Embracing Skin Disease: a Collaboration with Lily


Despite the media doing their best to convince us otherwise, the truth is that nobody has perfect skin - we all have the occasional pimple, dry patch, or other blemish to say the least. Some of us, however, have it a little (or much) worse than others, and because of this media-driven obsession with perfect skin, having skin problems can be a rough deal. Personally, I have struggled with pretty severe eczema for most of my life, which, aside from pain and discomfort, has also caused me insecurities and feelings of shame at times. My good friend Lily has had an even more intense history with her psoriasis, and we’ve discussed the topic a lot. Nowadays, we are both at a place where we have more or less accepted our skin and her patches of red. Which is why I was over the moon when Lily came to me with the idea for this photo shoot! In the spirit of acceptance and celebration, we have taken photos of her beautiful “star-sprinkled body”, which you can check-out below alongside some interview questions I asked Lily.


Can you tell me a bit more about your personal experience with skin disease?

“I was eight when I got diagnosed with a skin disorder. Doctors did not really know what it was and prescribed all different creams, lotions and pills they could think of. Some treatments stung, made my skin green or yellow or dried out to the extent where it would crack open and bleed. My parents took me to all dermatologists, clinics and alternative practitioners they could find, but nothing helped. Just as we all started to accept that the disease was probably chronic, the spots started to fade.

My skin was clear until I was fourteen. A combination of genes and stress caused my face and shoulders to break out. I tried to cover my acne with make-up, which accentuated the craters and dry patches. I became obsessed with my skin.

During a hiking tour in Norway, I started getting red dots all over my torso. Two weeks later I went to my dermatologist, who diagnosed me with psoriasis. I was prescribed intense UV-treatment, which burnt me on a daily basis. The treatments after that were based on trail and error for both me and my dermatologist. Since I was seeing my doctor so much anyway, every other skin issue I had became magnified and medicated. I felt like a vegetable, having to use four creams, two lotions and two sets of three pills to look like a ‘normal person’.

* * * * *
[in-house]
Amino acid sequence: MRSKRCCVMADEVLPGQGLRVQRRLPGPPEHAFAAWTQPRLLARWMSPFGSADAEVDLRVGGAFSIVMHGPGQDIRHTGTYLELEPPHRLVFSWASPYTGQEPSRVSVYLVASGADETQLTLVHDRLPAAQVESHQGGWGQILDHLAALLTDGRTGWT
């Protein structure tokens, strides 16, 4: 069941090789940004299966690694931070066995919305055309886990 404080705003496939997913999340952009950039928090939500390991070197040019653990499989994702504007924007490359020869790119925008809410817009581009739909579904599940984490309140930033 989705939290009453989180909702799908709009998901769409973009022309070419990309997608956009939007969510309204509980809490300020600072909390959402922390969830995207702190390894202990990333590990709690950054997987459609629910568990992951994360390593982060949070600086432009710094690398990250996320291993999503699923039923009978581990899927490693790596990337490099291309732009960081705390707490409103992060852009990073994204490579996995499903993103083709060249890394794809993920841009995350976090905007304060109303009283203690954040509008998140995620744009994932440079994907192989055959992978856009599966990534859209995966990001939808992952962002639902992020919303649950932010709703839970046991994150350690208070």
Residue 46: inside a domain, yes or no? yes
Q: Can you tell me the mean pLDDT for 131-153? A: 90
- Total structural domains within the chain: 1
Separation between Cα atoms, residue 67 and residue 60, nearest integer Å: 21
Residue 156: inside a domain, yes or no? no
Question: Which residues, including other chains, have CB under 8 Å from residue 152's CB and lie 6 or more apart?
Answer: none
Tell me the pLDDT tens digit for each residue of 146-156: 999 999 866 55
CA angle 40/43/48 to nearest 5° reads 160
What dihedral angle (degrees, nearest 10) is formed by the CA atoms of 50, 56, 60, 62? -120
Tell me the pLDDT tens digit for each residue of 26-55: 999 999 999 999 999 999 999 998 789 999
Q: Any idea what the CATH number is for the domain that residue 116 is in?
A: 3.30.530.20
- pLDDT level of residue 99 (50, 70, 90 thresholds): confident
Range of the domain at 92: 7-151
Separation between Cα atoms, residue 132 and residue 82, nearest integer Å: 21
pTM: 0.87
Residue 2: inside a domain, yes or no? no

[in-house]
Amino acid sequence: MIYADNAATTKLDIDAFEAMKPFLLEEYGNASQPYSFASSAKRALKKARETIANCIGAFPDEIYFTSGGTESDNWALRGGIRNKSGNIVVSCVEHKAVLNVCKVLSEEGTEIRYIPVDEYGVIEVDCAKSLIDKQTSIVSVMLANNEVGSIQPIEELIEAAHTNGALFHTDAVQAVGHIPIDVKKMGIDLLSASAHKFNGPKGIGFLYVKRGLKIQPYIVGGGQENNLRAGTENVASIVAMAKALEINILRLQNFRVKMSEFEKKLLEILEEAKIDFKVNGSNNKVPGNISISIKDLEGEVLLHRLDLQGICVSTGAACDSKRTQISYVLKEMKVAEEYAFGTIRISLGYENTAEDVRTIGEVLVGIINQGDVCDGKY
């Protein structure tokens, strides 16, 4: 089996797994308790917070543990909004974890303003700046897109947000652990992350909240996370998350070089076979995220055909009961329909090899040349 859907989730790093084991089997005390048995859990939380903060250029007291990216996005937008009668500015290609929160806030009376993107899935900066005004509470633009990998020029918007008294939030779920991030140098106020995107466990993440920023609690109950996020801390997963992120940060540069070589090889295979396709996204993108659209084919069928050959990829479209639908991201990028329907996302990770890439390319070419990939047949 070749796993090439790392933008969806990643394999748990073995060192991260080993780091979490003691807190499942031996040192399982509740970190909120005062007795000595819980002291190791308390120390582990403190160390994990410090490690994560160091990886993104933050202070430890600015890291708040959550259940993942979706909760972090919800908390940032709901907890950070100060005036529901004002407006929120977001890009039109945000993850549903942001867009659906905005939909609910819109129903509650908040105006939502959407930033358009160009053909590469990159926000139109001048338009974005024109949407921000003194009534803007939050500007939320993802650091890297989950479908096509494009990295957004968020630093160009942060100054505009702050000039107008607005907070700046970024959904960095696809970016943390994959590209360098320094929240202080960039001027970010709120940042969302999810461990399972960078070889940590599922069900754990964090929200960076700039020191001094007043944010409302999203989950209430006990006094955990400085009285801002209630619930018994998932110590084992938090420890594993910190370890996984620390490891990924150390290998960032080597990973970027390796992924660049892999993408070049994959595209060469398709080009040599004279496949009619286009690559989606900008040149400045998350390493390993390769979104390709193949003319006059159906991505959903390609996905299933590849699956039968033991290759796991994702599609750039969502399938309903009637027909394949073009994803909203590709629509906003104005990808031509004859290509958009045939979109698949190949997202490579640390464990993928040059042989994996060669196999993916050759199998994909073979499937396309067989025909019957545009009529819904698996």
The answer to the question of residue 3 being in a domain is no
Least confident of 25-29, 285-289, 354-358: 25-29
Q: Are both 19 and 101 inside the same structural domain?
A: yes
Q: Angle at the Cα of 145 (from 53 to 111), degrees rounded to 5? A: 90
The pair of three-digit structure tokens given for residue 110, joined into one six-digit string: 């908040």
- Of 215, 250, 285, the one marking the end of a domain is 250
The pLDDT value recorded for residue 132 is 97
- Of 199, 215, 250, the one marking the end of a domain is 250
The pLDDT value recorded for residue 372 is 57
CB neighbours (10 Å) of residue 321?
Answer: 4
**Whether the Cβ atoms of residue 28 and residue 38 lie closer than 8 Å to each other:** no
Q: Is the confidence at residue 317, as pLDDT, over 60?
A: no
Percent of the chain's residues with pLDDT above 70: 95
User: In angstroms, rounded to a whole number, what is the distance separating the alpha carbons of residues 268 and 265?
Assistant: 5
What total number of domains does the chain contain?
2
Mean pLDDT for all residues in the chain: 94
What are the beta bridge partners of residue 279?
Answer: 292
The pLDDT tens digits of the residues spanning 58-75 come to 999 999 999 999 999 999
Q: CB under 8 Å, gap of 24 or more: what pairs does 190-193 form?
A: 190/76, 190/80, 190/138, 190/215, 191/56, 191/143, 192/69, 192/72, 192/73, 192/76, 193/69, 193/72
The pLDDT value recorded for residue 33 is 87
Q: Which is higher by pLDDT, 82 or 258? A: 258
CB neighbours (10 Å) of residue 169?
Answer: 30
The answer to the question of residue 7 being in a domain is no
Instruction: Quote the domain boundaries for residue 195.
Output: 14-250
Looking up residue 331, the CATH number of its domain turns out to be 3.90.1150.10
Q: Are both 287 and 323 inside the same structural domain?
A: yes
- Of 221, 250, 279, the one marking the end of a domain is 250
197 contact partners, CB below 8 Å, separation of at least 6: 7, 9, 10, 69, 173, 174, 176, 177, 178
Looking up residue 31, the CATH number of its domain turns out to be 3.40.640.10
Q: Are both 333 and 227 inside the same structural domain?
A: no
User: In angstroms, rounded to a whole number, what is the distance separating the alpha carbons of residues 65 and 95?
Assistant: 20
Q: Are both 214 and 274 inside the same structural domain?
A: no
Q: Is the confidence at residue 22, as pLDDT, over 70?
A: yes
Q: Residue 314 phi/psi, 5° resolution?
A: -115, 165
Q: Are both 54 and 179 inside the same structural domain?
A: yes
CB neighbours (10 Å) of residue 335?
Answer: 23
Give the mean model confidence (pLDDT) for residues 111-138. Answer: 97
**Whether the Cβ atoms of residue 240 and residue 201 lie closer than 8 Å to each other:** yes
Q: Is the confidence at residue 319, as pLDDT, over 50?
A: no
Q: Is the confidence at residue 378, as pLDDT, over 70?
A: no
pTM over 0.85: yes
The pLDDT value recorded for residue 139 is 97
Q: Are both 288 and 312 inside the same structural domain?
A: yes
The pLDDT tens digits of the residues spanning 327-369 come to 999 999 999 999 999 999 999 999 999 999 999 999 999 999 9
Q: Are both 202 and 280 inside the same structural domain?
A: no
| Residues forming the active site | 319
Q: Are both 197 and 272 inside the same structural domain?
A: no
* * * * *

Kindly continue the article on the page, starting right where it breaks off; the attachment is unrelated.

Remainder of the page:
By now, I have found what medications work for me and laid most of the obsession surrounding my perfect skin complex off. I accept that I will always look slightly different and over time different this has lost its negative connotation.”


Why did you want to take these photos?

“Maud has done projects on scars and self-harm, which despite the gravity of the projects were so thoughtful and well executed. She transformed topics that still remain taboo in today’s society into something we can share; something to be encouraged to speak up about and raise awareness for. I contacted her with the hope that she could transform my perception of my body and skin. Two weeks before the shoot, I stopped taking my medication to be confronted with my worst fear: the uncontrolled state of my skin.”

How did you experience the shoot? What effect did the pictures have on you?

“Besides the expected fear when you take off your clothes in front of a camera, the shoot forced me back into my body, which I used to see as this damaged shell I live in. Maud directed me to sit in certain positions, but we mostly tried out different lights and camera angles. Our creative process was very improvised and relaxed, but seeing the unedited pictures for the first time almost brought tears to my eyes. Maud had reconstructed my shell in the realm of art. While looking through a rough selection, I got complimented on the texture of my skin, which allows me to see my disease as decoration. But more importantly, I realized that my skin does not influence my bubbly personality or skills. My family or friends do not care if I’m spotted. I am no longer afraid to accept that this is who I was, am and will be.”


“Since this shoot has empowered me to share, I hope that my story will encourage others with a skin disease to start the conversation and find peace with their struggle. Whether this condition is chronic or temporary, it does significantly impact your self-esteem. This influence should not be underestimated, though it is so common to have skin issues. You often feel like you are “abnormal”, but normal is an undefinable construct, so it is better to avoid it all together. Once you start sharing, your friends more than likely open up about their insecurities. By breaking down each other’s insecurities, we can raise each other up. I believe that if more people start practicing this, we can work towards a more open, accepting world.”

More of Lily?

It’s hard to attach a term to Lily’s diverse work, but according to her own Instagram, she is a Postmodern Wordsmithstress who writes, draws, collages, photographs and creates - preferably all at once. Check out her blog Contemporary Confuzzled Feminism with Ice Cubes (and specifically, HER post on her star-sprinkled body), and follow her on Instagram @r_a_d__ish for a regular dose of awesome collage work.